The novel’s artistry is such that its ugliness rises to the level of importance. After reading the novel, one is prepared to accept, in a way one resists while reading it, that Kosinski’s novel has served a purpose — that in an abstract way, it has explained something of the cruelty that caused humans to participate in the Holocaust, some with glee, some as a matter-of-everyday existence.
In this way, “The Painted Bird” rightly assumes its place as a work about the Holocaust — despite some troubling aspects. In one scene, a Jewish girl escapes from a train bound for the death camps, only to be raped to death. Kosinski seems to assert that it is better to die raped as a woman than incinerated as a Jew.
Beyond that, “The Painted Bird” argues that brutality against those who are different is part of nature — like the fate of the painted bird — and that the Holocaust was, sadly, not so unnatural. It was an all-too-possible aspect of human nature above and beyond the part played by the philosophy of National Socialism or by racism or by a Final Solution. Acceptance of the Holocaust, and participation in it, was part and parcel of the natural inclination of the peasantry who abhorred people different from themselves and often acted perversely and cruelly even among their own.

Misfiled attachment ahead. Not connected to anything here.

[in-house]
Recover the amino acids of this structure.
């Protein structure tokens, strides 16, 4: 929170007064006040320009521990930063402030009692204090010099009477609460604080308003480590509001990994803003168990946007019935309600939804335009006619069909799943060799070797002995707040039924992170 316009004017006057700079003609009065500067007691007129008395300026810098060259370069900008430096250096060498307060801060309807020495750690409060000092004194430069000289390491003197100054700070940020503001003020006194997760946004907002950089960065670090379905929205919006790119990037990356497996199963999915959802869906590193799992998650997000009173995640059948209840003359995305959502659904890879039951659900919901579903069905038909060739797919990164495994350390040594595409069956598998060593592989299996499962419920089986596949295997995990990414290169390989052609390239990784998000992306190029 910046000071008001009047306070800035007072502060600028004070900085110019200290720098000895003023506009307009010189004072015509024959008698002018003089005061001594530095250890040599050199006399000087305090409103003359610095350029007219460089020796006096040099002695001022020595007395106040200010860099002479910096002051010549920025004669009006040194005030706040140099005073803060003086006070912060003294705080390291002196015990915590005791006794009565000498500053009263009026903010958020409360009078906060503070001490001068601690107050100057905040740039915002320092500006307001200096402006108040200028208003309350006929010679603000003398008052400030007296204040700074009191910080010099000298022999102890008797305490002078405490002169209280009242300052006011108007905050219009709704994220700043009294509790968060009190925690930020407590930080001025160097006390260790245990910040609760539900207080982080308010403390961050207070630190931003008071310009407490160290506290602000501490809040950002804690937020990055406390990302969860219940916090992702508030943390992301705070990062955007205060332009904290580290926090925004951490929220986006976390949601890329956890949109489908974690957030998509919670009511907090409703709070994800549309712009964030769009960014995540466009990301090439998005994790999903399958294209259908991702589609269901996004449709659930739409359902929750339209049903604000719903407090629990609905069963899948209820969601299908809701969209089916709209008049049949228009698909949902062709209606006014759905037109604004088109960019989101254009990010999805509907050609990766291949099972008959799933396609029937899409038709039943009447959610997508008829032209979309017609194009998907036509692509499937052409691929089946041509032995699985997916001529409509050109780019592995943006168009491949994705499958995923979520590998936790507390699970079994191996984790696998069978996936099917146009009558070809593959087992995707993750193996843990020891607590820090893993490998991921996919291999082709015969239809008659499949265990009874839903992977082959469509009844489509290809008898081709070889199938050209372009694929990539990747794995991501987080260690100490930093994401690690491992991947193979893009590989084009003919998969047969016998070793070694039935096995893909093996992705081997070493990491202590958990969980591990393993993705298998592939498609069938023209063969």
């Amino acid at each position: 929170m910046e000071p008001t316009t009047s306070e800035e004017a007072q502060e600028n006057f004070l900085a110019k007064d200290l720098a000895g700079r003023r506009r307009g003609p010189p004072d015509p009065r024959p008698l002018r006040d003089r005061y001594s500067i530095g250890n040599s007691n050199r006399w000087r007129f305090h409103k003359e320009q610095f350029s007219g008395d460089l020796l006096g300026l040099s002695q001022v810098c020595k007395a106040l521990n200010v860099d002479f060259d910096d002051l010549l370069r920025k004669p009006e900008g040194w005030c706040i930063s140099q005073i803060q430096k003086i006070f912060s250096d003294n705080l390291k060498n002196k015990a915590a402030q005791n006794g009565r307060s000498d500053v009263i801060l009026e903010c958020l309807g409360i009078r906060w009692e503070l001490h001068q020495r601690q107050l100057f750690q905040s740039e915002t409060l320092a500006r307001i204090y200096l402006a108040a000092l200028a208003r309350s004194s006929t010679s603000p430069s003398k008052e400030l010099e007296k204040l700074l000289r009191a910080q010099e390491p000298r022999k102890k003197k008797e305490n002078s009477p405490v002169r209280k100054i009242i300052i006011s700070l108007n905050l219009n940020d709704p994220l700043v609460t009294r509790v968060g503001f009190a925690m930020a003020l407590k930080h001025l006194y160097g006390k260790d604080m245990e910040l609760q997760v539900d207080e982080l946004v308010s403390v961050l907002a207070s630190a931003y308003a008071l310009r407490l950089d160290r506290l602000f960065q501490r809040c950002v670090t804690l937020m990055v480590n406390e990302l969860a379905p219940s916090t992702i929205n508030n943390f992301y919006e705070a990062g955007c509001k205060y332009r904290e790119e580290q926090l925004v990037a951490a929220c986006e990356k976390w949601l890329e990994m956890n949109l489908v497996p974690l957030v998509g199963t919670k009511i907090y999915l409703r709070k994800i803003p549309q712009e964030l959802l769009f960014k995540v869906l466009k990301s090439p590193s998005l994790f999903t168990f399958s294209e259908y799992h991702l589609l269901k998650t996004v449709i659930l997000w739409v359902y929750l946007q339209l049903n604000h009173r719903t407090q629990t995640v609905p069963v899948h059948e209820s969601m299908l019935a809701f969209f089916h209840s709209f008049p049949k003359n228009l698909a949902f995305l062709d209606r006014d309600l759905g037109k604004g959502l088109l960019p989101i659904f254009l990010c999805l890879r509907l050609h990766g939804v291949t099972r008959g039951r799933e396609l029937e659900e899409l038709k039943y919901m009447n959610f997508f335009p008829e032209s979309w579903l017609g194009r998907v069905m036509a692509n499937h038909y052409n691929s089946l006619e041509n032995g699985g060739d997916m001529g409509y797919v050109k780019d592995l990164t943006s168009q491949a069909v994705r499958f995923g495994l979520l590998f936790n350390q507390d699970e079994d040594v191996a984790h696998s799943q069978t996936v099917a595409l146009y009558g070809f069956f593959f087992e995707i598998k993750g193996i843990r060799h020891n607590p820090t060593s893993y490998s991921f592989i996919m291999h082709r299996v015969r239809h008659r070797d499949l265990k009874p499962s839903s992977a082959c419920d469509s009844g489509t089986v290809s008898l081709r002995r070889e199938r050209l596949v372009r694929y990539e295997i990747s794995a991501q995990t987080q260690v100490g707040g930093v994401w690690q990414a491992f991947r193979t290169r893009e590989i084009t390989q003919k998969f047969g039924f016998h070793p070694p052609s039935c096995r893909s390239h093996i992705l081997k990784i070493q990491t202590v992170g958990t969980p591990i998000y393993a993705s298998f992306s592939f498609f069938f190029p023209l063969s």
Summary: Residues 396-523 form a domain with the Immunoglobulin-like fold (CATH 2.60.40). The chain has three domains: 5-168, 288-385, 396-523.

To universalize his message, Kosinski obscures specificity. Kosinski implies the boy is Jewish but never says so, hiding behind the possibility that he is Jewish or Gypsy or might just look Jewish or like a Gypsy.
Significantly, Kosinski changed the location of where the boy was wandering from Poland in the first edition to “Central Europe” in subsequent editions. Also during the war years, the two people who show mercy to the boy and let him escape are German soldiers — leaving us to wonder whether the peasants are not worse than even the Nazis.
Similarly, although the boy falls under the spell of Red Army soldiers, life under communist rule seems no less cruel than under the Germans. The boy takes to wandering his home city at night and exacts revenge on a boy by dropping a brick on his head.
In the revised edition, the novel ends with the boy regaining his speech. However, the original first edition concludes with a postscript that describes life under the communists as a place where the inner life is imprisoned as much as outer life was restricted under the Germans.
Kosinski’s attempt to take a universal or sociological perspective to his narrative creates moments of moral relativism that belie the uniqueness of what the Nazis perpetrated against the Jews and the Gypsies and diminishes the role of their collaborators.